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A Confession

A Confession

Natalie Anglesey talks telly and family with Imelda Staunton, CBE

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“Oh it’s you!” Imelda Staunton CBE, one of our best-loved actors, grins with delight, leaping up to greet me warmly in London’s impressive ITV Centre. Small and slim, she exudes such an air of exuberance you can understand why she’s in demand for so many comedy roles. Although this time I’ve come to find out about her latest television drama series and reminisce about her incredible career. 

Considered the darling of stage, television and film, she possesses no airs and graces although her mantelpiece must be groaning with the number of awards she has won including an Oscar and a Golden Globe for her remarkable performance in the dramatic film Vera Drake. Her full name is Imelda Mary Philomena Bernadette Staunton so, as you may have guessed, she’s the daughter of Irish immigrants and learnt her work ethic from them. Indeed it was her working class background in London’s Archway which helped her play Vera Drake.

”That role was such a gift although it was harrowing,” Imelda recollects. “The director, Prestwich born Mike Leigh, starts with no script just weeks of improvisation before you have a script of sorts - really hard work - but so rewarding.”

Imelda’s collection of awards include BAFTAs and a host of European and Olivier Awards. Nominated for at least thirteen Oliviers she won individually for Guys and Dolls, The Corn Is Green, A Chorus of Disapproval, Into The Woods, Sweeney Todd, and most recently her acclaimed role as Mama Rose in Gypsy

How does this modest actress feel about winning so many awards? “In spite of what some actors may say, I think we all like to be recognised and it’s a way for the public and your peers to acknowledge your work. It’s also a good excuse to wear a posh frock,” she grins. “I was particularly proud of the OBE awarded by the Queen and the CBE awarded by Prince William. All he wanted to talk about was The Gruffalo - I had voiced the talking book version - so I presume he was either reading the story or listening to it with his children.”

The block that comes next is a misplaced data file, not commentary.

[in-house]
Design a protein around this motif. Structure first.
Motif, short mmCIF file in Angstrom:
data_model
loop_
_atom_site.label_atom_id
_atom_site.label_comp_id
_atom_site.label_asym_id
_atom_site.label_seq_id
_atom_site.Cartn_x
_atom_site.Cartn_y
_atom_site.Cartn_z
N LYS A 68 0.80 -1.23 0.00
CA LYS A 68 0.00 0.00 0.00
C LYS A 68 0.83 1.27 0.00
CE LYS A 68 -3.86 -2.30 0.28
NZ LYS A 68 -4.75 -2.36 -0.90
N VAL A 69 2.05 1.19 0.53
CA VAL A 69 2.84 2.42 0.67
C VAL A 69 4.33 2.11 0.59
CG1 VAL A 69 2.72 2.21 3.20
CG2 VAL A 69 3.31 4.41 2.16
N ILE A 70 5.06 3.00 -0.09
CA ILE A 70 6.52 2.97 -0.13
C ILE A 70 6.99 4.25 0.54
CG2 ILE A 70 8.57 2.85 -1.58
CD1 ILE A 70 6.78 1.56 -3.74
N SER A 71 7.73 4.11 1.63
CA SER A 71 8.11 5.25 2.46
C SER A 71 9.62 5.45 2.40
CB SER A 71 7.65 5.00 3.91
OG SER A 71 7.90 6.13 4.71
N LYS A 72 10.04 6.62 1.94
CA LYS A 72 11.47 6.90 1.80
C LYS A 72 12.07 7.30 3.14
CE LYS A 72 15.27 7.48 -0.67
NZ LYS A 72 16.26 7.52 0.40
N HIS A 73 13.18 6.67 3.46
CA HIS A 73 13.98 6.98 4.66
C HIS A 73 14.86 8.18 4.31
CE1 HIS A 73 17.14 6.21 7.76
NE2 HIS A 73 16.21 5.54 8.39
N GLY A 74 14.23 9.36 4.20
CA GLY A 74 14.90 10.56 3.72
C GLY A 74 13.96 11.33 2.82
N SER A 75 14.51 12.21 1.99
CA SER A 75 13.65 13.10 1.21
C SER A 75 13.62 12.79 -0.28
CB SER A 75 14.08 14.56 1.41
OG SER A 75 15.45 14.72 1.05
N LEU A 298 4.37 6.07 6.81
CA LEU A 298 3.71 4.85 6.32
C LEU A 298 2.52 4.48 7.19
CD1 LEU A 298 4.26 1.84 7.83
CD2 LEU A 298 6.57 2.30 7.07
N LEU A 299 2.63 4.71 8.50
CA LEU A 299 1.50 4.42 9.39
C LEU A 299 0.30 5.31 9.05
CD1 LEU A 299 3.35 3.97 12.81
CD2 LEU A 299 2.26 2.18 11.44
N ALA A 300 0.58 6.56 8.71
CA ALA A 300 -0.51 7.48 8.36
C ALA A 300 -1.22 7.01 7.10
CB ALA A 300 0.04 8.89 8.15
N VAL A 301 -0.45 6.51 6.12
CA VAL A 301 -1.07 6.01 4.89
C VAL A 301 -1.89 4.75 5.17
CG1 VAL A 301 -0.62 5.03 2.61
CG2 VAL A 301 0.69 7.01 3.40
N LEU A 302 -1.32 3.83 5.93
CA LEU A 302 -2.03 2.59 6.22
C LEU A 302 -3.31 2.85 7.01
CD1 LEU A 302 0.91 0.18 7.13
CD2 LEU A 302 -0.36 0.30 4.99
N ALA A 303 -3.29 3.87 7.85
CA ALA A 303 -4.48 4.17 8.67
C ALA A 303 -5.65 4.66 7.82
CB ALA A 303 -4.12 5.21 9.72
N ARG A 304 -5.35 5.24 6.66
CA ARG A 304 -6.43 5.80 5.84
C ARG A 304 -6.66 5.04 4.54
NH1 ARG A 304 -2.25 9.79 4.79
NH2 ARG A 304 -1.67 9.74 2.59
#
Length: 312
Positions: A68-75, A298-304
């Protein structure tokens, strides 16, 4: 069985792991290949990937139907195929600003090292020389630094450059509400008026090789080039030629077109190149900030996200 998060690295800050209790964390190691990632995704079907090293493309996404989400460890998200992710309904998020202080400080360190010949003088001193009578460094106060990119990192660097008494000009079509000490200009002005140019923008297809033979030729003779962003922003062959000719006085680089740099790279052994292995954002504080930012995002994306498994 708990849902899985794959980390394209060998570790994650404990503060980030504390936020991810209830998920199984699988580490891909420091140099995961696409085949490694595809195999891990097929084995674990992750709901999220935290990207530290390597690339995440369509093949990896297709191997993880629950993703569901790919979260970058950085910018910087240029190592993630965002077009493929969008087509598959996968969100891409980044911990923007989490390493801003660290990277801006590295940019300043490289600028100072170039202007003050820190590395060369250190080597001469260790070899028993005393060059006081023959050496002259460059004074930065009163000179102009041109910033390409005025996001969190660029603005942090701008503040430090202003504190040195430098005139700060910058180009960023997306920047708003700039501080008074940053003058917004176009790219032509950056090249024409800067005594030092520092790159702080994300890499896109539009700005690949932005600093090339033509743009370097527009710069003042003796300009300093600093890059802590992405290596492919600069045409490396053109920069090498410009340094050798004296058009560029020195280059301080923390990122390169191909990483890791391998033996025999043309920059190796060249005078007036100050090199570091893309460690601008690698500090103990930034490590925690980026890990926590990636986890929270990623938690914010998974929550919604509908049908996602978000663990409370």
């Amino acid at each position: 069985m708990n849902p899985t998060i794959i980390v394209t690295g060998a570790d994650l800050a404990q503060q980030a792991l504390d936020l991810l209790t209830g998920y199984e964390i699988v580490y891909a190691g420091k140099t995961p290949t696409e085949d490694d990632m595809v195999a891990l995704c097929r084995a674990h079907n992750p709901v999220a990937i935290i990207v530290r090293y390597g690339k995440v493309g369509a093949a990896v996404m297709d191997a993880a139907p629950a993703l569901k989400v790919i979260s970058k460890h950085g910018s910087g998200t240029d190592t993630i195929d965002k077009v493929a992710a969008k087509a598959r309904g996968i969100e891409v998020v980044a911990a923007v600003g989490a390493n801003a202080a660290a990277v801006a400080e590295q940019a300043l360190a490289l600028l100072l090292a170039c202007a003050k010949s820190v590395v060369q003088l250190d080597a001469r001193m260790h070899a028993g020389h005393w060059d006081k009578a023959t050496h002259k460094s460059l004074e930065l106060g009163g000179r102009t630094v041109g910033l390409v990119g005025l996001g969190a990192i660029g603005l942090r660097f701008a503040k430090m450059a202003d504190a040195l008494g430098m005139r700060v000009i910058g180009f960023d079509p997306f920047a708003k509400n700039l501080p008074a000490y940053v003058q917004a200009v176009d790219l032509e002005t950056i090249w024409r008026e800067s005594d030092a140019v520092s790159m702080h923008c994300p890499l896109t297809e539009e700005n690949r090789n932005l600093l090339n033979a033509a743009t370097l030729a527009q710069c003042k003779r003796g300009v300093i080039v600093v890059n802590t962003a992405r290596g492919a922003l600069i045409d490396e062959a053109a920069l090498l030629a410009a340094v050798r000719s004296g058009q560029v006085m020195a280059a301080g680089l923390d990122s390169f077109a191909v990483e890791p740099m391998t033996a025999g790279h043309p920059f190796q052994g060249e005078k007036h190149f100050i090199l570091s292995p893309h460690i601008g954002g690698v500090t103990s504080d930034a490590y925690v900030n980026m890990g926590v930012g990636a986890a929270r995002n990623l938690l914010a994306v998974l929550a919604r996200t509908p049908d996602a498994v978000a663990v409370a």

If you have any young people in your family they’ll no doubt reel off a list of Imelda’s films like Maleficent, Paddington, Nanny McPhee and, of course, two Harry Potter films as the dreaded Dolores Umbridge, who became Head of Hogwarts and nearly stole the show. “That woman may have been dressed in fluffy pink, but she  was so dangerous. She hated Muggles, wanted them all erased in favour of what she called pure-bloods and was sadistically cruel. When you think about it it was a form of ethnic cleansing with a smile! Quite terrifying but fun to play! “ 

Work wasn’t always as plentiful at the beginning of Imelda’s career. After training at the Royal Academy of Dramatic Art, she spent six years in repertory theatre in the 1970s before returning to London and the National Theatre. There she met her future husband Jim Carter who has also enjoyed a prolific career but is perhaps best known as Carter the beloved butler in Downton Abbey. At 6 feet 2 inches he towers over Imelda’s height of 5 feet. They married in 1983 and remain happily so while their daughter Bessie has followed them into the profession -  although they rarely get the chance to work together.

“I’ve been so lucky recently,” Imelda beams. “I’ve been doing a great deal of stage work where you have to act big so it was great to work again in television where you get to be up close to the camera lens. I’ve had the chance of appearing in a powerful new drama series for ITV.  A Confession, is a thrilling six part series written by award-winning screenwriter, Jeff Pope (Little Boy Blue). I’m such a fan of his work that I said yes immediately as his script was so beautifully crafted. It wasn’t sensationalist - which it easily could have been. It wasn’t over emotional which again it could have been. It just hit the right note for me. That was before I even knew it was based on a true story! “

A Confession, is the true story of the disappearance of 22-year-old Sian O’Callaghan in 2011.  On a night out with girlfriends, Sian left a nightclub in Swindon Old Town to walk the 15 minutes home to boyfriend Kevin Reape. Kevin reported Sian missing when she failed to appear or respond to his increasingly frantic texts.  Police met Sian’s mother, Elaine O’Callaghan, played by Siobhan Finneran (Cold Feet, The Moorside, Happy Valley), who thought her daughter may have stayed overnight with a girlfriend.